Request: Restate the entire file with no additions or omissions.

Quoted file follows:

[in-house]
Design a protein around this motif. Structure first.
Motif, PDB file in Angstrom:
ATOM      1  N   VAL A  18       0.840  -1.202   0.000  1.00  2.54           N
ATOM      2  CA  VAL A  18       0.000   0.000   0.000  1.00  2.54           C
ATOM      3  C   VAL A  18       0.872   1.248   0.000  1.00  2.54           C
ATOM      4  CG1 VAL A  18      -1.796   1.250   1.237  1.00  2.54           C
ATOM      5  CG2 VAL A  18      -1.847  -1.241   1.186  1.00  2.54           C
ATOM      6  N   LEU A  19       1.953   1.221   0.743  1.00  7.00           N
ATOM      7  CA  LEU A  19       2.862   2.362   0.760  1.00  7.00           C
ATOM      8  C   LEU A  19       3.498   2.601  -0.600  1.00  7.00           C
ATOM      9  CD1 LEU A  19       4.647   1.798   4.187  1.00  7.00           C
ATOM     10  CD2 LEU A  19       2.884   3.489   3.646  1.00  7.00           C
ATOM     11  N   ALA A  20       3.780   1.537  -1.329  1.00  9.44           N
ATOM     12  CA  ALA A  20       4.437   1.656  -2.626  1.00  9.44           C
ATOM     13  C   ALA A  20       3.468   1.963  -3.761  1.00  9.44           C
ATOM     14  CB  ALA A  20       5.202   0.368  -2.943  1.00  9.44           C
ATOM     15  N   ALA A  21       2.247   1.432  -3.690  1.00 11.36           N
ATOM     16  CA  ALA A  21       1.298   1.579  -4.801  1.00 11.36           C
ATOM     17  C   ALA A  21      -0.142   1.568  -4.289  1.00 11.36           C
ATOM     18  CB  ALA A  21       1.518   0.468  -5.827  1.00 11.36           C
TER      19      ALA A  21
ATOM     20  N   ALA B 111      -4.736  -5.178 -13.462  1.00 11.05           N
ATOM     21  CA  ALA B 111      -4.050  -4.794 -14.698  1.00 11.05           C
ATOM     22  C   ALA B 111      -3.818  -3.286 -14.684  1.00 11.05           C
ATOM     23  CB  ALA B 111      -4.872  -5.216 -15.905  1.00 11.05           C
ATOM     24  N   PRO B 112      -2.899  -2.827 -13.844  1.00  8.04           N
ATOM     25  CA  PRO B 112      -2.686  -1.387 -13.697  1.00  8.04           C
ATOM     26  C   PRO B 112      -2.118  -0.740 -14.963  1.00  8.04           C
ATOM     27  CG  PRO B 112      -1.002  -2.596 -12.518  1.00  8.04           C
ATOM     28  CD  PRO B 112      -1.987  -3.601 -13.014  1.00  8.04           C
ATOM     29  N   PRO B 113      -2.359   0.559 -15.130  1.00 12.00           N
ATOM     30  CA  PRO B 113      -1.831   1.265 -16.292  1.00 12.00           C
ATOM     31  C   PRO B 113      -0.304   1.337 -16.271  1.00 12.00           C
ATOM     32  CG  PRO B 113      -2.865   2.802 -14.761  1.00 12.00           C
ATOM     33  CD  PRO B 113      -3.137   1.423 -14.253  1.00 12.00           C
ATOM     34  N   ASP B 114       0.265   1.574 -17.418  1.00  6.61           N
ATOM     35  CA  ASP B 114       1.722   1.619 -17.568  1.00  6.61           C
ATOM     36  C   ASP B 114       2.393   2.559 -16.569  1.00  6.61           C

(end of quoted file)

[in-house]
Design a protein around this motif. Structure first.
Motif, PDB file in Angstrom:
ATOM      1  N   VAL A  18       0.840  -1.202   0.000  1.00  2.54           N
ATOM      2  CA  VAL A  18       0.000   0.000   0.000  1.00  2.54           C
ATOM      3  C   VAL A  18       0.872   1.248   0.000  1.00  2.54           C
ATOM      4  CG1 VAL A  18      -1.796   1.250   1.237  1.00  2.54           C
ATOM      5  CG2 VAL A  18      -1.847  -1.241   1.186  1.00  2.54           C
ATOM      6  N   LEU A  19       1.953   1.221   0.743  1.00  7.00           N
ATOM      7  CA  LEU A  19       2.862   2.362   0.760  1.00  7.00           C
ATOM      8  C   LEU A  19       3.498   2.601  -0.600  1.00  7.00           C
ATOM      9  CD1 LEU A  19       4.647   1.798   4.187  1.00  7.00           C
ATOM     10  CD2 LEU A  19       2.884   3.489   3.646  1.00  7.00           C
ATOM     11  N   ALA A  20       3.780   1.537  -1.329  1.00  9.44           N
ATOM     12  CA  ALA A  20       4.437   1.656  -2.626  1.00  9.44           C
ATOM     13  C   ALA A  20       3.468   1.963  -3.761  1.00  9.44           C
ATOM     14  CB  ALA A  20       5.202   0.368  -2.943  1.00  9.44           C
ATOM     15  N   ALA A  21       2.247   1.432  -3.690  1.00 11.36           N
ATOM     16  CA  ALA A  21       1.298   1.579  -4.801  1.00 11.36           C
ATOM     17  C   ALA A  21      -0.142   1.568  -4.289  1.00 11.36           C
ATOM     18  CB  ALA A  21       1.518   0.468  -5.827  1.00 11.36           C
TER      19      ALA A  21
ATOM     20  N   ALA B 111      -4.736  -5.178 -13.462  1.00 11.05           N
ATOM     21  CA  ALA B 111      -4.050  -4.794 -14.698  1.00 11.05           C
ATOM     22  C   ALA B 111      -3.818  -3.286 -14.684  1.00 11.05           C
ATOM     23  CB  ALA B 111      -4.872  -5.216 -15.905  1.00 11.05           C
ATOM     24  N   PRO B 112      -2.899  -2.827 -13.844  1.00  8.04           N
ATOM     25  CA  PRO B 112      -2.686  -1.387 -13.697  1.00  8.04           C
ATOM     26  C   PRO B 112      -2.118  -0.740 -14.963  1.00  8.04           C
ATOM     27  CG  PRO B 112      -1.002  -2.596 -12.518  1.00  8.04           C
ATOM     28  CD  PRO B 112      -1.987  -3.601 -13.014  1.00  8.04           C
ATOM     29  N   PRO B 113      -2.359   0.559 -15.130  1.00 12.00           N
ATOM     30  CA  PRO B 113      -1.831   1.265 -16.292  1.00 12.00           C
ATOM     31  C   PRO B 113      -0.304   1.337 -16.271  1.00 12.00           C
ATOM     32  CG  PRO B 113      -2.865   2.802 -14.761  1.00 12.00           C
ATOM     33  CD  PRO B 113      -3.137   1.423 -14.253  1.00 12.00           C
ATOM     34  N   ASP B 114       0.265   1.574 -17.418  1.00  6.61           N
ATOM     35  CA  ASP B 114       1.722   1.619 -17.568  1.00  6.61           C
ATOM     36  C   ASP B 114       2.393   2.559 -16.569  1.00  6.61           C